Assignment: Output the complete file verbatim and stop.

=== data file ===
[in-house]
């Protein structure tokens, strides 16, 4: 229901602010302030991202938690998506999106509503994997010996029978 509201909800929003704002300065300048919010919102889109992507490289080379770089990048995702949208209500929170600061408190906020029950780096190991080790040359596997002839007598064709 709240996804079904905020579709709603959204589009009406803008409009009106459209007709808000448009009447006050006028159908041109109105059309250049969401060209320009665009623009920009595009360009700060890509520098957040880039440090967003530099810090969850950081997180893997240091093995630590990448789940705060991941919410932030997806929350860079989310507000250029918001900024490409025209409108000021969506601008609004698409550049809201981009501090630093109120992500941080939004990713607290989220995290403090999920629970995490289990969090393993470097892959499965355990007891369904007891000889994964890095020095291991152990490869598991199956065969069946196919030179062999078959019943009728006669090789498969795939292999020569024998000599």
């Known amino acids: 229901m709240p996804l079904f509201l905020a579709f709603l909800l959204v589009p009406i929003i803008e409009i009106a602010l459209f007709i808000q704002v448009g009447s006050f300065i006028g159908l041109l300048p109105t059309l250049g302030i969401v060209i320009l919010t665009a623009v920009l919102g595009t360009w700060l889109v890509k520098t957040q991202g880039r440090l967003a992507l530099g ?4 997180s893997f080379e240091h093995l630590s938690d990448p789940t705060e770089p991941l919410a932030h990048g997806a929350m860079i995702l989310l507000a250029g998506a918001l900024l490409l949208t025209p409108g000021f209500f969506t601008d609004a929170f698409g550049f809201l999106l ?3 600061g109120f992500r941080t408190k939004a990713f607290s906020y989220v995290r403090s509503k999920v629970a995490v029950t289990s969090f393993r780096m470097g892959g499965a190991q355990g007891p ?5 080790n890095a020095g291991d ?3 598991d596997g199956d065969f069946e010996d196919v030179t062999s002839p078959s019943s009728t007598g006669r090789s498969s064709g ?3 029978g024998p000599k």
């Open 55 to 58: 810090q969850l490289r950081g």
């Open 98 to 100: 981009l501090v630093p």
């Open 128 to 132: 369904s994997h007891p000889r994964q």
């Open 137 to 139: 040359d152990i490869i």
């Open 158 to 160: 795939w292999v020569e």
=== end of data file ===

[in-house]
């Protein structure tokens, strides 16, 4: 229901602010302030991202938690998506999106509503994997010996029978 509201909800929003704002300065300048919010919102889109992507490289080379770089990048995702949208209500929170600061408190906020029950780096190991080790040359596997002839007598064709 709240996804079904905020579709709603959204589009009406803008409009009106459209007709808000448009009447006050006028159908041109109105059309250049969401060209320009665009623009920009595009360009700060890509520098957040880039440090967003530099810090969850950081997180893997240091093995630590990448789940705060991941919410932030997806929350860079989310507000250029918001900024490409025209409108000021969506601008609004698409550049809201981009501090630093109120992500941080939004990713607290989220995290403090999920629970995490289990969090393993470097892959499965355990007891369904007891000889994964890095020095291991152990490869598991199956065969069946196919030179062999078959019943009728006669090789498969795939292999020569024998000599």
């Known amino acids: 229901m709240p996804l079904f509201l905020a579709f709603l909800l959204v589009p009406i929003i803008e409009i009106a602010l459209f007709i808000q704002v448009g009447s006050f300065i006028g159908l041109l300048p109105t059309l250049g302030i969401v060209i320009l919010t665009a623009v920009l919102g595009t360009w700060l889109v890509k520098t957040q991202g880039r440090l967003a992507l530099g ?4 997180s893997f080379e240091h093995l630590s938690d990448p789940t705060e770089p991941l919410a932030h990048g997806a929350m860079i995702l989310l507000a250029g998506a918001l900024l490409l949208t025209p409108g000021f209500f969506t601008d609004a929170f698409g550049f809201l999106l ?3 600061g109120f992500r941080t408190k939004a990713f607290s906020y989220v995290r403090s509503k999920v629970a995490v029950t289990s969090f393993r780096m470097g892959g499965a190991q355990g007891p ?5 080790n890095a020095g291991d ?3 598991d596997g199956d065969f069946e010996d196919v030179t062999s002839p078959s019943s009728t007598g006669r090789s498969s064709g ?3 029978g024998p000599k």
């Open 55 to 58: 810090q969850l490289r950081g």
């Open 98 to 100: 981009l501090v630093p």
């Open 128 to 132: 369904s994997h007891p000889r994964q």
């Open 137 to 139: 040359d152990i490869i």
């Open 158 to 160: 795939w292999v020569e």